Zheng Cai


2020

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Spatial AMR: Expanded Spatial Annotation in the Context of a Grounded Minecraft Corpus
Julia Bonn | Martha Palmer | Zheng Cai | Kristin Wright-Bettner
Proceedings of the 12th Language Resources and Evaluation Conference

This paper presents an expansion to the Abstract Meaning Representation (AMR) annotation schema that captures fine-grained semantically and pragmatically derived spatial information in grounded corpora. We describe a new lexical category conceptualization and set of spatial annotation tools built in the context of a multimodal corpus consisting of 170 3D structure-building dialogues between a human architect and human builder in Minecraft. Minecraft provides a particularly beneficial spatial relation-elicitation environment because it automatically tracks locations and orientations of objects and avatars in the space according to an absolute Cartesian coordinate system. Through a two-step process of sentence-level and document-level annotation designed to capture implicit information, we leverage these coordinates and bearings in the AMRs in combination with spatial framework annotation to ground the spatial language in the dialogues to absolute space.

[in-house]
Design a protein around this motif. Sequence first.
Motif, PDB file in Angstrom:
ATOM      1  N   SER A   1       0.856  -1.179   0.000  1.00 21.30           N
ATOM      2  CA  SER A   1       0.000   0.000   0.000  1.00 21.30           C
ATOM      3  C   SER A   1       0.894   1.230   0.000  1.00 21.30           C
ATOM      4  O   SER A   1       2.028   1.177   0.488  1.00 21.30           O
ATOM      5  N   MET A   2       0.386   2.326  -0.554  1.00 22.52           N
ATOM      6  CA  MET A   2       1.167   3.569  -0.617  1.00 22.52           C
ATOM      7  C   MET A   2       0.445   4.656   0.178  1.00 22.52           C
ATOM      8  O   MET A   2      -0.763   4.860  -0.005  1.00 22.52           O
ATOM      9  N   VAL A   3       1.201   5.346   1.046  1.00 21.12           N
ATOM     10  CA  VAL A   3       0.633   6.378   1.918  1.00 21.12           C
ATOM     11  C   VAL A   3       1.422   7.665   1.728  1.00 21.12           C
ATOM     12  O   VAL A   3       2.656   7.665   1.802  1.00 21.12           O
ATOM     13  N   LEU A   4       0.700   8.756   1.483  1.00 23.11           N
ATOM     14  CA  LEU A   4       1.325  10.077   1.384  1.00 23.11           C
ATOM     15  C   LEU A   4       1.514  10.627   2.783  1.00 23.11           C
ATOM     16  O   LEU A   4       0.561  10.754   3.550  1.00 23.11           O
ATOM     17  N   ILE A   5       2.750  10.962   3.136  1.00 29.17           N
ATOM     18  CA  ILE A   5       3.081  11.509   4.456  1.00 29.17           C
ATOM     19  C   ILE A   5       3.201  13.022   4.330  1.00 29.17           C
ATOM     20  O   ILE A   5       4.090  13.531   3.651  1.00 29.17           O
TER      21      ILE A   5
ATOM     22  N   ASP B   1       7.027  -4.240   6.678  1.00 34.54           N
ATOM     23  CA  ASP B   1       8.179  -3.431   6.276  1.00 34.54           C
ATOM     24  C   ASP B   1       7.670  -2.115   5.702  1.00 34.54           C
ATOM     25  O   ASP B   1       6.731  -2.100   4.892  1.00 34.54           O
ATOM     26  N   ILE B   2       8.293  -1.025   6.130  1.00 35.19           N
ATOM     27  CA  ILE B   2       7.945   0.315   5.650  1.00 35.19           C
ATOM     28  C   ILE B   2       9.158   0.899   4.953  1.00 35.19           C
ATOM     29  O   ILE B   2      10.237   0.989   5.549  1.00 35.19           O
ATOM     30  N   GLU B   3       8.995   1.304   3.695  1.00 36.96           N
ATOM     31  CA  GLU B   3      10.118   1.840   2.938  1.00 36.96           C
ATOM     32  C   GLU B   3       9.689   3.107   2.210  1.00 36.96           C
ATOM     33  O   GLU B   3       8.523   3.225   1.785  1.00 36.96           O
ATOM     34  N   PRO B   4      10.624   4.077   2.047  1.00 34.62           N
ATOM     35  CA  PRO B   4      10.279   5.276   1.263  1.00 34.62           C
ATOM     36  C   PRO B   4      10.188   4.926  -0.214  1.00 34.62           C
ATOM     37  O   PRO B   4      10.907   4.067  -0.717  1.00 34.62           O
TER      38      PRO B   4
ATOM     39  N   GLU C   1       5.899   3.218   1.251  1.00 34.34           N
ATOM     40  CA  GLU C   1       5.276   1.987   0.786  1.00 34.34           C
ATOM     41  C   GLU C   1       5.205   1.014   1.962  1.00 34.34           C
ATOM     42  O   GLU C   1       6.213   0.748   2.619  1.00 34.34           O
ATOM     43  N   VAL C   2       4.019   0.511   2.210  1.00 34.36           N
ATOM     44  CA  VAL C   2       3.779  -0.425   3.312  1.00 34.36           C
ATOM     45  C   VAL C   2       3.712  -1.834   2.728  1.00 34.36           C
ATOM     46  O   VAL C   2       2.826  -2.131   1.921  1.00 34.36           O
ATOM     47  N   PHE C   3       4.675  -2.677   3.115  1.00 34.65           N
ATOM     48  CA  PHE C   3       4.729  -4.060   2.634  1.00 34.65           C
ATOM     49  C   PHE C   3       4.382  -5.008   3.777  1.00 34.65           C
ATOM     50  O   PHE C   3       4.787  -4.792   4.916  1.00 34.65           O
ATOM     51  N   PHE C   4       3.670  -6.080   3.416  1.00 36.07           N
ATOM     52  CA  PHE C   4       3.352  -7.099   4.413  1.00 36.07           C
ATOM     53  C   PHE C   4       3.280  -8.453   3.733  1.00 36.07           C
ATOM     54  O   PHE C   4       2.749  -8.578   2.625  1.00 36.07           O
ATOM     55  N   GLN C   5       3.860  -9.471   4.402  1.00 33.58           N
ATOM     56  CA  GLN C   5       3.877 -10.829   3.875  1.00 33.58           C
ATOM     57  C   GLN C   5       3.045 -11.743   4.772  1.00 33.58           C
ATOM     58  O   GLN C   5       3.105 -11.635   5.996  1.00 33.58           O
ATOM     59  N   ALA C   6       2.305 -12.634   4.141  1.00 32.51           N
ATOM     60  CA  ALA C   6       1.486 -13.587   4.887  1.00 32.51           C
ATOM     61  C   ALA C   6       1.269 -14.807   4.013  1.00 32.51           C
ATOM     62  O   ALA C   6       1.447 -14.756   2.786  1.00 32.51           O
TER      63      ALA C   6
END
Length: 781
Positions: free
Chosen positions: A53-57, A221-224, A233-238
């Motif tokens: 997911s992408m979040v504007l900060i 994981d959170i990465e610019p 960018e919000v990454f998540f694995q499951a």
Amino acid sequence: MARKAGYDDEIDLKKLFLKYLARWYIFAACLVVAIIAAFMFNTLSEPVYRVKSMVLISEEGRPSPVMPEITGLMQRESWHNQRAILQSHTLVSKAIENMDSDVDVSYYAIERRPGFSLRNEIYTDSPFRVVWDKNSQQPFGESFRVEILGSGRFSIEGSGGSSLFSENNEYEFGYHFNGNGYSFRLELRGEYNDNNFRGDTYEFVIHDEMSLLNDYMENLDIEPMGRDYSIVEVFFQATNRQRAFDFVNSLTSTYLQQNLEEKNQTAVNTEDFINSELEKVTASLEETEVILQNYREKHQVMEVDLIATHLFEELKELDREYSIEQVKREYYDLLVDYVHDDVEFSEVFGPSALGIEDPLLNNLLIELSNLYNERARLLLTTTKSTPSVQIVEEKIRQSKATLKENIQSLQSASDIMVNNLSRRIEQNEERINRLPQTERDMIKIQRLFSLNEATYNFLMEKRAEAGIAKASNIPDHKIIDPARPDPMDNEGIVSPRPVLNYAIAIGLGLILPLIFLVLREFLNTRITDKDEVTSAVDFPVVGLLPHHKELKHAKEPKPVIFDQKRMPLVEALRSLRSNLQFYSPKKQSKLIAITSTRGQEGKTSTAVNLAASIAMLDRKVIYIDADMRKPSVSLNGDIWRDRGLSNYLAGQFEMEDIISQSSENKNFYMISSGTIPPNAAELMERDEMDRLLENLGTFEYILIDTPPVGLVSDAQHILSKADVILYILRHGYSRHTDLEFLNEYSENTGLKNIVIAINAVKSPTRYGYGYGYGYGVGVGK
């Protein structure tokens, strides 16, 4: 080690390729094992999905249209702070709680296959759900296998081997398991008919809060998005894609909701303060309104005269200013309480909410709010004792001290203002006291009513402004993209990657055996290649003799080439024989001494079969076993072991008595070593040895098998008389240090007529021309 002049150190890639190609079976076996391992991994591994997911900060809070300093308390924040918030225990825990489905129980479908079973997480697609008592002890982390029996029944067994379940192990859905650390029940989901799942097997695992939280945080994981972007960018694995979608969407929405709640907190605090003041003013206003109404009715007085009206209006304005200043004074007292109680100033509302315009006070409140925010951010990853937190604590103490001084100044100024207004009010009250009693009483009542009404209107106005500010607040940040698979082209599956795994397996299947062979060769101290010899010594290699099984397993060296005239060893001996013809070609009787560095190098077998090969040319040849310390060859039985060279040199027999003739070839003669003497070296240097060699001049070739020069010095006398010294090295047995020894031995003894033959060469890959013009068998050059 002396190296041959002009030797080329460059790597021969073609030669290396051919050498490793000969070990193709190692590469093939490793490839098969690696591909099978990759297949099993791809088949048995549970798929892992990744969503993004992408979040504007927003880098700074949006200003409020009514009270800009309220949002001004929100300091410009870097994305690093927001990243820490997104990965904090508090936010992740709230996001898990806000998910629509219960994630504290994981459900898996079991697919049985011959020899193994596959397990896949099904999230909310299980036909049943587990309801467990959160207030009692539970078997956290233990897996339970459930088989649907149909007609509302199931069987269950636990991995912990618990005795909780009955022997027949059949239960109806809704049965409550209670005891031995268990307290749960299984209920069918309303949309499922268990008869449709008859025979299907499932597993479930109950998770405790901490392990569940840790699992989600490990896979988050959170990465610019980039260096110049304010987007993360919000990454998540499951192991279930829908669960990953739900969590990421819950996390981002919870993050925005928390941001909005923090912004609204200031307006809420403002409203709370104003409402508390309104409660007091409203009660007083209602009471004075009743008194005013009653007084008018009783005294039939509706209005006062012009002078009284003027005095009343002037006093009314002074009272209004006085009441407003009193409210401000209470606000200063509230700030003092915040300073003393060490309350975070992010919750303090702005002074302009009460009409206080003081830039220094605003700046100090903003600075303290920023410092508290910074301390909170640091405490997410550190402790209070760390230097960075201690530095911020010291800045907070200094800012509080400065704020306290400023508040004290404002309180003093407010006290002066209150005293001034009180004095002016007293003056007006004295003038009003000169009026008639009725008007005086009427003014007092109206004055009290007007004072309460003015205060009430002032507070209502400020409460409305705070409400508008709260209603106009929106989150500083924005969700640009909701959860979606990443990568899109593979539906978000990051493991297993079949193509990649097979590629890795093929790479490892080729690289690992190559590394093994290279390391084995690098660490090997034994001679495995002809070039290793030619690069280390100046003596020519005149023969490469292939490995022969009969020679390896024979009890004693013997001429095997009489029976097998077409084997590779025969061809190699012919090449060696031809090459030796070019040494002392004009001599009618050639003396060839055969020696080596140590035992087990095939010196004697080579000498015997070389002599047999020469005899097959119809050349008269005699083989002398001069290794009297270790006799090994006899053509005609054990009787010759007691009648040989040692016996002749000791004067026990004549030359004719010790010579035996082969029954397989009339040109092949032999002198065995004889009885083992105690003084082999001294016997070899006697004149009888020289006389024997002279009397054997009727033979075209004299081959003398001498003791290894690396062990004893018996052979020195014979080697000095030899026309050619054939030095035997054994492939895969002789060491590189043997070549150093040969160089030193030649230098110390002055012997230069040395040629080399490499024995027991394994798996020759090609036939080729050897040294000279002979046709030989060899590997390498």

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From Spatial Relations to Spatial Configurations
Soham Dan | Parisa Kordjamshidi | Julia Bonn | Archna Bhatia | Zheng Cai | Martha Palmer | Dan Roth
Proceedings of the 12th Language Resources and Evaluation Conference